What youths need to realize is that while their peers might be help them in schoolwork, assist in developing their talents, and give them support and motivation to succeed, there are peers that will influence them to do things that will harm them, like smoking, missing school or shoplifting. Discernment is thus essential in the making of friends, and one has to know when a decision will be beneficial, or destructive. One has to go for “quality, not quantity” when making friends, realize that popularity is not very important, and focus on developing strong friendships with peers who have the same ideas and values as oneself, and making friends with those who would respect one’s wishes and individuality. The youth also has to have self-confidence and be able to make a stand for what he or she believes in, and stands by it. Parents also play an important role in helping their children deal with peer pressure. A common reason why many teens succumb to negative peer pressure is that they aren’t sure how they feel about an issue or situation.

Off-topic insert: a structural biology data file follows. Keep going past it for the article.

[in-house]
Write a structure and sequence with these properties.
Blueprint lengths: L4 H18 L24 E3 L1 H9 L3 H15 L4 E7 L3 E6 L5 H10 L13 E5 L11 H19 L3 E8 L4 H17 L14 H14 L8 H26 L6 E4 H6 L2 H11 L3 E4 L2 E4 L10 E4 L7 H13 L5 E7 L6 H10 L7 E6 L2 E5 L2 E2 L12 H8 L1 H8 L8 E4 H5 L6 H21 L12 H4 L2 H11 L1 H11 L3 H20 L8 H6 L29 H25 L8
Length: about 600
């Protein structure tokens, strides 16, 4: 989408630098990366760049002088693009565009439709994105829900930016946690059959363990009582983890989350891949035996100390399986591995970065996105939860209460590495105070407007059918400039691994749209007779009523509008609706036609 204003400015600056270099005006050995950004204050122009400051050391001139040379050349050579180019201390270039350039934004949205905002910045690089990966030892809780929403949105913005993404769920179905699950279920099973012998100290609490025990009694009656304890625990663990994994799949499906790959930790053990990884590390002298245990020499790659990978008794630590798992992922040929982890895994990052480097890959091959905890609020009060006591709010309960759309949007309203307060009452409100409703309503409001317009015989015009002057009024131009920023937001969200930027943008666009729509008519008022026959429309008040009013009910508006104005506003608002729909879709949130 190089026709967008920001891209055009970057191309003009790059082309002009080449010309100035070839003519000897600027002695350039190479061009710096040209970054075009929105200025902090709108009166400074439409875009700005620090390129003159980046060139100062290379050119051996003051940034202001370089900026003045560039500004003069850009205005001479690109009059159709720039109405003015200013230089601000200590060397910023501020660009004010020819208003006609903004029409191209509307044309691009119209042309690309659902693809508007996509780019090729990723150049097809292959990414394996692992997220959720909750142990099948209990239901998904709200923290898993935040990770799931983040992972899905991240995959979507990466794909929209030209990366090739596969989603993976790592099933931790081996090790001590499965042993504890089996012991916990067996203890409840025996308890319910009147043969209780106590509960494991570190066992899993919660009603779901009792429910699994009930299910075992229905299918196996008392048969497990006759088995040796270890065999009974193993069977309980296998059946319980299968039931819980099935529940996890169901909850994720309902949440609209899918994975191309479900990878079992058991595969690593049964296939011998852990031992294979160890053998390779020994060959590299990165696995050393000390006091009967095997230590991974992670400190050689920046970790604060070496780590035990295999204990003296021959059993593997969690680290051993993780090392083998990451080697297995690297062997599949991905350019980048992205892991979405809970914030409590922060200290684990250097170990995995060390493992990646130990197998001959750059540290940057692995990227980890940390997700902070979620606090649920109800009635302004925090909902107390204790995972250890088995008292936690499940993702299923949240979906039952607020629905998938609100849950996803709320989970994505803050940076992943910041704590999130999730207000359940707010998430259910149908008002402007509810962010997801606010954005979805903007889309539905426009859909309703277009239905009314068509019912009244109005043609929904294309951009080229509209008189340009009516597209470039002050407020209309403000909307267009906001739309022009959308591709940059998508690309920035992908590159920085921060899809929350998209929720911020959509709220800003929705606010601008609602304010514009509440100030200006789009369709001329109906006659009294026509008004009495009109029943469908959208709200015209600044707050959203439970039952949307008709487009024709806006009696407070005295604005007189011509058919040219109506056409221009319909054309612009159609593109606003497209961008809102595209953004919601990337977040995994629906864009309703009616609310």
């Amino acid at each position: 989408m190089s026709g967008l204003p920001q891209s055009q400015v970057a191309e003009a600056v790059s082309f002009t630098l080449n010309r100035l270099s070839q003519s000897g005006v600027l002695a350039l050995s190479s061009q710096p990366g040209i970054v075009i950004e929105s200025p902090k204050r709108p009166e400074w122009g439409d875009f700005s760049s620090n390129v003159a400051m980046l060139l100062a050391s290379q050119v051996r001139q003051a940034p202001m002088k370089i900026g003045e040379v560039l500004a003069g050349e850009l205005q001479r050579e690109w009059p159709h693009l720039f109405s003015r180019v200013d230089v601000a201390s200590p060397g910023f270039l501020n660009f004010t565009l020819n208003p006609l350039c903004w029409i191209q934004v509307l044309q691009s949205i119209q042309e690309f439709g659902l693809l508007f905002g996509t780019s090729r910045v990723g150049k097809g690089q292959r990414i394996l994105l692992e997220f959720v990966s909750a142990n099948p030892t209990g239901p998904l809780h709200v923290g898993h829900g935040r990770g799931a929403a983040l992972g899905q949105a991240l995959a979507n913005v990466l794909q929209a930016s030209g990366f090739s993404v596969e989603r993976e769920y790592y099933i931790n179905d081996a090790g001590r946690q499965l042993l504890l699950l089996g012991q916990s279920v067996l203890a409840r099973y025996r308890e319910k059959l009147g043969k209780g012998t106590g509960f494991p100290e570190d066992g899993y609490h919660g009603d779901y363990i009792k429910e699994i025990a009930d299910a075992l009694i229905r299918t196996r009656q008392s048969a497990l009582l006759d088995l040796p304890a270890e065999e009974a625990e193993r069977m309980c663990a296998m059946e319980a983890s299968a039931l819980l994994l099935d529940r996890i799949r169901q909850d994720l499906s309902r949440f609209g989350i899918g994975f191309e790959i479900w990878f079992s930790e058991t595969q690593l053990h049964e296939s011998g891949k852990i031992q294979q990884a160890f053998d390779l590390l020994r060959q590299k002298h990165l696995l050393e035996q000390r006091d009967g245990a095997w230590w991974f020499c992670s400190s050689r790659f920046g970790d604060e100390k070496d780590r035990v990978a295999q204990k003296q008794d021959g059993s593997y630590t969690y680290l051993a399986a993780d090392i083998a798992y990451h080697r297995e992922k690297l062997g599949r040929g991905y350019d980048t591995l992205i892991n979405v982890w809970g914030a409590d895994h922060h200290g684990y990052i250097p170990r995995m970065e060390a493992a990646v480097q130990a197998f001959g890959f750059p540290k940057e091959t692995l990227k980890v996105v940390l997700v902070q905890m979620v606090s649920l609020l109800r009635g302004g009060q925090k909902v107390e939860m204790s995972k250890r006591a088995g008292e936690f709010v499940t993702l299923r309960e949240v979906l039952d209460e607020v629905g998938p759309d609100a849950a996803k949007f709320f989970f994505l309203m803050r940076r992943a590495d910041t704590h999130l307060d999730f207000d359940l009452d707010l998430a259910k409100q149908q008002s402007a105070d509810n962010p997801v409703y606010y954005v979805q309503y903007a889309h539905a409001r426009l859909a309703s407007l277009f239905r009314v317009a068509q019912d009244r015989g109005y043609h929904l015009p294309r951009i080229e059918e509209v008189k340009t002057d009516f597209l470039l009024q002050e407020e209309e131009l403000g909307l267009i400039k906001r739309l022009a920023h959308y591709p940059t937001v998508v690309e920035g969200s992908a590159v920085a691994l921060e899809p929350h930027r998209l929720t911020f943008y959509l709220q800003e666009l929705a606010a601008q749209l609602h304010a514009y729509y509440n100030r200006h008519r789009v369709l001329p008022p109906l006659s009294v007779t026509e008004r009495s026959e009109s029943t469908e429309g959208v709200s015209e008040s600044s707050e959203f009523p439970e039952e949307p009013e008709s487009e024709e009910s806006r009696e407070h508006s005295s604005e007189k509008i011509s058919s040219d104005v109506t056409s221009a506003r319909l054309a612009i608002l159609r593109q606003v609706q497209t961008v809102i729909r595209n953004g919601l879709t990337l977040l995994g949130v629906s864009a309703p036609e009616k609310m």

They need an adult to be there to guide them, and help them in decision-making. Parents thus play a role in the promotion of self-awareness, and helping them build confidence. Talks with their teens, asking them how they feel about things, will begin the process of helping them explore their true feelings about situations. Through this process, teens will have more self-confidence, and in a better position to ward of negative peer pressure. Secondly is competitiveness within and outside of school. We have become a society of overachievers, stereotyping losing, or not succeeding as bad, and is a stigma of imperfection. Competition can take the form of a spice that keeps life interesting, stimulating one to greater creativity and success. However, most youths fail to realize that competition can be toxic and a pervasive lifestyle. Unhealthy competition affects one’s physical and psychological health. Competitiveness in school is very common – seeing their friends succeeding in schoolwork will spur jealousy within a teen that’s not doing as well, and “winning” will be the only thing on his mind. Many teens are driven so badly by competition in school, that they get enveloped into work, neglecting communication with others, blocking out all other essential part of life, like family and social relationships.